Introducing Drivine

Posted on March 01, 2020 by Jasper Blues in Drivine.

I’m happy to share that the Drivine 1.x release train is in flight!

Drivine is a database client for Node.js and TypeScript, with first-class support for graph databases, like Neo4j.

With Drivine, you can manage multiple databases, simultaneously, if you wish. The library is designed to scale to hundreds or thousands of transactions per second, and it allows you to meet these goals without compromising architectural integrity.

Let’s explore some key features of the library.

Database Registration

Databases or user profiles for a given database are registered on startup or at runtime, with a registry.

@Module({
    imports: [
        DrivineModule.withOptions(<DrivineModuleOptions>{
            connectionProviders: [
                DatabaseRegistry.buildOrResolveFromEnv('BPM_MAIN'),
                DatabaseRegistry.buildOrResolveFromEnv('CUSTOMER_1'),
                DatabaseRegistry.buildOrResolveFromEnv('CUSTOMER_2')
            ]
        }),
        HealthModule,
        CustomerModule
    ],
    controllers: [],
    providers: []
})
export class AppModule {}

Distributed Transactions

One of the features that differentiates the library is its support for distributed transactions - even across databases of different types. Transactions boundaries are specified using a TypeScript decorator.


@Injectable()
export class RouteRepository {
    constructor(
        @InjectPersistenceManager('BPM_MAIN')
        readonly persistenceManager: PersistenceManager,
        @InjectCypher('@/traffic/routesBetween')
        readonly routesBetween: CypherStatement
    ) {}

    @Transactional()
    async findFastestBetween(start: string, destination: string):
        Promise<Route> {

        return this.persistenceManager.getOne(
            new QuerySpecification<Route>()
                .withStatement(this.routesBetween)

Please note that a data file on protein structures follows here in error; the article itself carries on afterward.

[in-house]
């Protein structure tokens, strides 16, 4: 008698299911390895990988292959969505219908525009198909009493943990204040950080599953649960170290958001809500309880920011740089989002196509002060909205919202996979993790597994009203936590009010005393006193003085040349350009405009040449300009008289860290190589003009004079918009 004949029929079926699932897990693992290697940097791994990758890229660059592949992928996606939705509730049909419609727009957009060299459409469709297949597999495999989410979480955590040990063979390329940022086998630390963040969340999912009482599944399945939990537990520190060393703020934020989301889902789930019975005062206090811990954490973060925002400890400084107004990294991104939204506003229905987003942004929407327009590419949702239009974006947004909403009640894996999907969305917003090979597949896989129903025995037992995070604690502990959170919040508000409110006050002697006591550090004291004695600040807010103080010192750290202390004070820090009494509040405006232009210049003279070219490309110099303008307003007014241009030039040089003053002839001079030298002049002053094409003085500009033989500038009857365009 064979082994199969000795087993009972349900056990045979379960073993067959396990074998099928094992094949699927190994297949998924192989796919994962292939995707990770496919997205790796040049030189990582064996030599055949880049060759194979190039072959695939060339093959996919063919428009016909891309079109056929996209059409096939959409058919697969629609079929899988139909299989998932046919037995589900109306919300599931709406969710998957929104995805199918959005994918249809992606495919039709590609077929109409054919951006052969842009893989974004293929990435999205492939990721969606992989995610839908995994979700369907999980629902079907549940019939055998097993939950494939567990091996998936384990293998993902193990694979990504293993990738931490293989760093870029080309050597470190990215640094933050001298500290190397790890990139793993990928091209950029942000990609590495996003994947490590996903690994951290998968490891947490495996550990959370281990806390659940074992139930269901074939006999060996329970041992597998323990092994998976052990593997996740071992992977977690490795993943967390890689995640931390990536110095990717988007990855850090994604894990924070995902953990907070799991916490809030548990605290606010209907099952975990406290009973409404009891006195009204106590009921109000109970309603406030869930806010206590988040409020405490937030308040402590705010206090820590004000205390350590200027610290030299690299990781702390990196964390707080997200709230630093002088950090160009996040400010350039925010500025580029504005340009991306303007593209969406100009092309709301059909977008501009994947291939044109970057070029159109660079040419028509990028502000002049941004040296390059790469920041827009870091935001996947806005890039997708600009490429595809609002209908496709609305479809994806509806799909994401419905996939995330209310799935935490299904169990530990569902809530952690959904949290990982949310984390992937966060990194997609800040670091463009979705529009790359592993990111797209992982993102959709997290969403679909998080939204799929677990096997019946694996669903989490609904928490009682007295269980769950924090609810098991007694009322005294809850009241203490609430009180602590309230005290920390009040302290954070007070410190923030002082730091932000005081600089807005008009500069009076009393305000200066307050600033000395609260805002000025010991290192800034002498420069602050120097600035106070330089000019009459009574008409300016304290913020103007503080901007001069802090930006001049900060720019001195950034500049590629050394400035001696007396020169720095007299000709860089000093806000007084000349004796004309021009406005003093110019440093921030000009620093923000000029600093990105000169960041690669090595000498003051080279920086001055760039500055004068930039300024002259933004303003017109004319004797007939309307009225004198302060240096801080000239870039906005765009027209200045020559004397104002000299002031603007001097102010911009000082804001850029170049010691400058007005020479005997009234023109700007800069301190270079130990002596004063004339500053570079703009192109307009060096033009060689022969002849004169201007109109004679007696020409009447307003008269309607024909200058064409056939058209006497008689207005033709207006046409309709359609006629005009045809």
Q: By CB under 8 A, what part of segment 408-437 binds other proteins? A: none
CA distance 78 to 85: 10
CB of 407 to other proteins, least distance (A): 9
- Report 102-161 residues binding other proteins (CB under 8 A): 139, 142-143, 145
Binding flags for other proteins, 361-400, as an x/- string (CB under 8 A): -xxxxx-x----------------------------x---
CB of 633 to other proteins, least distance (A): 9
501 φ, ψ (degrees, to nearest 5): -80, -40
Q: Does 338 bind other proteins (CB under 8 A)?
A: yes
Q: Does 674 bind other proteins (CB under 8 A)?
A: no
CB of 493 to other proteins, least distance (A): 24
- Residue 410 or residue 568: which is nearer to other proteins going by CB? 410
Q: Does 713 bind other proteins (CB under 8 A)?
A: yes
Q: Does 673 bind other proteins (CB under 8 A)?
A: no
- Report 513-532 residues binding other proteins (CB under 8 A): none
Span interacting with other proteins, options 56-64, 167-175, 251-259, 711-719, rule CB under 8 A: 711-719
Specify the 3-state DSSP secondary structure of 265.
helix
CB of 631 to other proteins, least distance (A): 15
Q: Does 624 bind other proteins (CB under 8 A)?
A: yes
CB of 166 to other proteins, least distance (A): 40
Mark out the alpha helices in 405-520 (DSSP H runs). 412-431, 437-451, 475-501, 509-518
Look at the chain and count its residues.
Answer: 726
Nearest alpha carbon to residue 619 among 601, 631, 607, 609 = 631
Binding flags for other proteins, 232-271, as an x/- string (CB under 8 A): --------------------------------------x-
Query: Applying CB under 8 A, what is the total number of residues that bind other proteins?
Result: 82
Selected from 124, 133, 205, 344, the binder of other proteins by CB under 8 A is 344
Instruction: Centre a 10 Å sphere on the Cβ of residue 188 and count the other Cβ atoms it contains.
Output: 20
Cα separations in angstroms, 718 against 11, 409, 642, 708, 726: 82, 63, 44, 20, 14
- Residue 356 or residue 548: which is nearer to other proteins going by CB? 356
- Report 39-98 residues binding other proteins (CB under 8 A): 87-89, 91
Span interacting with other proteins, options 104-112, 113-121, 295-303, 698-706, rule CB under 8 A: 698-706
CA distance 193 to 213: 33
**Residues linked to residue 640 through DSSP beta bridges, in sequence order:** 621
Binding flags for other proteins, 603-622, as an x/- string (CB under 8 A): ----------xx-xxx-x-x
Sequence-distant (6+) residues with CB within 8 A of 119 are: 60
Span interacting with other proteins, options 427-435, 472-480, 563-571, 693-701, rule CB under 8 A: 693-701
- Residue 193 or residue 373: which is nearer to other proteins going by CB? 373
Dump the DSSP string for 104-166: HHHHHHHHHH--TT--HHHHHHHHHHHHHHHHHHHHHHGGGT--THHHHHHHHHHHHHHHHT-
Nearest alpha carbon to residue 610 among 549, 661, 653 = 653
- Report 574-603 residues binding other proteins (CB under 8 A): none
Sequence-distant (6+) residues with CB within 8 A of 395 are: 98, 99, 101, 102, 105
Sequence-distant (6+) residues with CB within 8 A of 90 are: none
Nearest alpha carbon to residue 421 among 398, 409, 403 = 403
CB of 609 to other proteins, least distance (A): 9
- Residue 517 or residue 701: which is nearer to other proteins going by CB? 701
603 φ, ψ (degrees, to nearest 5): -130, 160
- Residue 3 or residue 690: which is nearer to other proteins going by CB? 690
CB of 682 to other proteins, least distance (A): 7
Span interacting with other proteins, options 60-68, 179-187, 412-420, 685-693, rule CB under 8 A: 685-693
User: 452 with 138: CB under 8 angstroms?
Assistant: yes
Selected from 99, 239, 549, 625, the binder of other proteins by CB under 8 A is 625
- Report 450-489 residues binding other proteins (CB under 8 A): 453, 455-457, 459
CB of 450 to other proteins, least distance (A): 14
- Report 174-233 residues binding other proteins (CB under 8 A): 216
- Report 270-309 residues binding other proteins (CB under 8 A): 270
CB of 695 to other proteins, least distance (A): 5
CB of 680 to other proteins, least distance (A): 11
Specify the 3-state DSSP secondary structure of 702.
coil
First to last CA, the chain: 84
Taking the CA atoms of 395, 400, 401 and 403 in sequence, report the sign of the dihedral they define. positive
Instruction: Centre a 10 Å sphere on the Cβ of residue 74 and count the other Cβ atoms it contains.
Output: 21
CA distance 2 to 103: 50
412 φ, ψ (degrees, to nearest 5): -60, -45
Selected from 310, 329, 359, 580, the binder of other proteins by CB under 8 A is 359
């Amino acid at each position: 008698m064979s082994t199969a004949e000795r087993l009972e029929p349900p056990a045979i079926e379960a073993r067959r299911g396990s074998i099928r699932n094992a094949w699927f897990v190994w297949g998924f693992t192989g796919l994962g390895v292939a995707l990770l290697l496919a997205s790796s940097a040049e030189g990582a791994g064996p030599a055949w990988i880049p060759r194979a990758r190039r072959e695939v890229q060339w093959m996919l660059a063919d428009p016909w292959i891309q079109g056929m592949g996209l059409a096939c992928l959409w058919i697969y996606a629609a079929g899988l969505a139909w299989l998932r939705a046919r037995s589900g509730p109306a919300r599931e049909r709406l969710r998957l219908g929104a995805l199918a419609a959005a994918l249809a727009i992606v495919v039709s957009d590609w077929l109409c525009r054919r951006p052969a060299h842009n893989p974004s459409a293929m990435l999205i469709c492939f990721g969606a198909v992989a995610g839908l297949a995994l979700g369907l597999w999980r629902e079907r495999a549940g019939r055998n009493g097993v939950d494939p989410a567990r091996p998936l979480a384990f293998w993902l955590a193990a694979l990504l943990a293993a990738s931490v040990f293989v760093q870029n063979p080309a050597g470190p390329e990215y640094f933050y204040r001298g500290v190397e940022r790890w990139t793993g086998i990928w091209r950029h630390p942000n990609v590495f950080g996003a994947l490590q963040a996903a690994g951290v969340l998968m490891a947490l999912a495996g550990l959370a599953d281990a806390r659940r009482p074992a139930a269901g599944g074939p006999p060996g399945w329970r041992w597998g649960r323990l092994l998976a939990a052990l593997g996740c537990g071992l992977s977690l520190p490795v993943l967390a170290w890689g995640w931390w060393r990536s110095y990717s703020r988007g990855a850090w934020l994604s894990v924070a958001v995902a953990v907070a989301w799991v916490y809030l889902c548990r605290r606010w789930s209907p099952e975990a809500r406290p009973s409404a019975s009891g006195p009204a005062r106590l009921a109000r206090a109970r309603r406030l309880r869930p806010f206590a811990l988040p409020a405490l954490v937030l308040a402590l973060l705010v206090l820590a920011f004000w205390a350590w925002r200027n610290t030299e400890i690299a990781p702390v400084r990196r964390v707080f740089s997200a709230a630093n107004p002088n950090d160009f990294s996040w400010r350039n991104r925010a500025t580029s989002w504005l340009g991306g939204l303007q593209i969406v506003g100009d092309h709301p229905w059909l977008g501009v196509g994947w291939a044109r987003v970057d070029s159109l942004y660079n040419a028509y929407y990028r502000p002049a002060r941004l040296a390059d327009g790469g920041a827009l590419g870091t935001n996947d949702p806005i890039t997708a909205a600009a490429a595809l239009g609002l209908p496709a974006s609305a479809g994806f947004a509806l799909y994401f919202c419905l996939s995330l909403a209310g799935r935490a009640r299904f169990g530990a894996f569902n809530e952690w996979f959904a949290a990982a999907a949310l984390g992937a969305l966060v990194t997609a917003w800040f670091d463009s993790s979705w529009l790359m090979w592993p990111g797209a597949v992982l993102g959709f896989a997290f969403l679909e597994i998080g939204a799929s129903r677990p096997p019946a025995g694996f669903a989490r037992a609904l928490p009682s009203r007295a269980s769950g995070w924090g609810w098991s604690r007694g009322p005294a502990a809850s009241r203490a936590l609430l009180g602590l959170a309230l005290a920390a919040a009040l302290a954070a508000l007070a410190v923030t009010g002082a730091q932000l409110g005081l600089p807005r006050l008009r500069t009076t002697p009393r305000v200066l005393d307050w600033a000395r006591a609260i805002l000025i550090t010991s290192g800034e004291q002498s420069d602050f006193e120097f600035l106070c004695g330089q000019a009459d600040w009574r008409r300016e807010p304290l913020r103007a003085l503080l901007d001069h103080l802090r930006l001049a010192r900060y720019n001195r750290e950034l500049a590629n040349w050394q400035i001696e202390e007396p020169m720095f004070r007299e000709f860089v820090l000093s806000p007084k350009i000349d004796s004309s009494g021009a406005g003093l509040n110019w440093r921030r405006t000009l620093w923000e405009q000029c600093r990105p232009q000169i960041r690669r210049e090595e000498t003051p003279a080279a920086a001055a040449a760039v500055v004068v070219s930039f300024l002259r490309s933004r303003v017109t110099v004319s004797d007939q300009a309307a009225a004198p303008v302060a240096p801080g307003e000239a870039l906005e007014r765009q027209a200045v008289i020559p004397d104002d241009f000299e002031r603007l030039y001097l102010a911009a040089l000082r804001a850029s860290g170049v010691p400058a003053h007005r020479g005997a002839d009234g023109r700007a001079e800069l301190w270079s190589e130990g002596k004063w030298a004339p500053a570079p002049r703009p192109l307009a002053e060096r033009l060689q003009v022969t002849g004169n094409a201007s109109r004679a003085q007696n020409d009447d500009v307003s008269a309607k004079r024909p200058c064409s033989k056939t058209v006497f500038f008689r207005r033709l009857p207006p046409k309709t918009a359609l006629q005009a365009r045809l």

.bind([start, destination])
                .limit(1)
                .transform(Route)
        );
    }
}

Data Integrity & Security:

Drvine’s distributed transactions are being used in a business process management product, where transactions must span between a management database and client databases. The application is multi-tenanted, so each client runs in their own separate database.

Another important usage is in B2B support where customers have limited access to another customer’s database for process hand-off between two enterprises.

Streaming

Another key feature of the library is streaming, which can be acheived either useing Node.js for-await syntax or using pipes. To achieve streaming, we first open a Cursor<T>:

@Transactional()
async asyncRoutesBetween(start: string, destination: string):
    Promise<Cursor<Route>> {

    return this.persistenceManager.openCursor(
        new CursorSpecification<Route>()
            .withStatement(this.routesBetween)
            .bind([start, destination])
            .batchSize(5)
            .transform(Route)
    );
}

For-await

With for-wait items will be fetched as needed.

const cursor = await repo.asyncRoutesBetween('Cavite Island', 'NYC');
for await (const item of cursor) {
    expect(item.travelTime).toBeGreaterThan(0);
    expect(item.metros.length).toBeGreaterThan(0);
    expect(item).toBeInstanceOf(Route);
}

Pipes

If the destination for streamed data is an output stream, it is best to use pipes, in order to avoid back-pressure.

cursor.asStream({ transform: (route: Route) => route.toString() }).pipe(fileStream);
await StreamUtils.untilClosed(fileStream);

Getting Started

If you would like to know more about Drivine, including how to get started, please visit the website. And of course, if you're using Drivine already, we'd love to hear about it!

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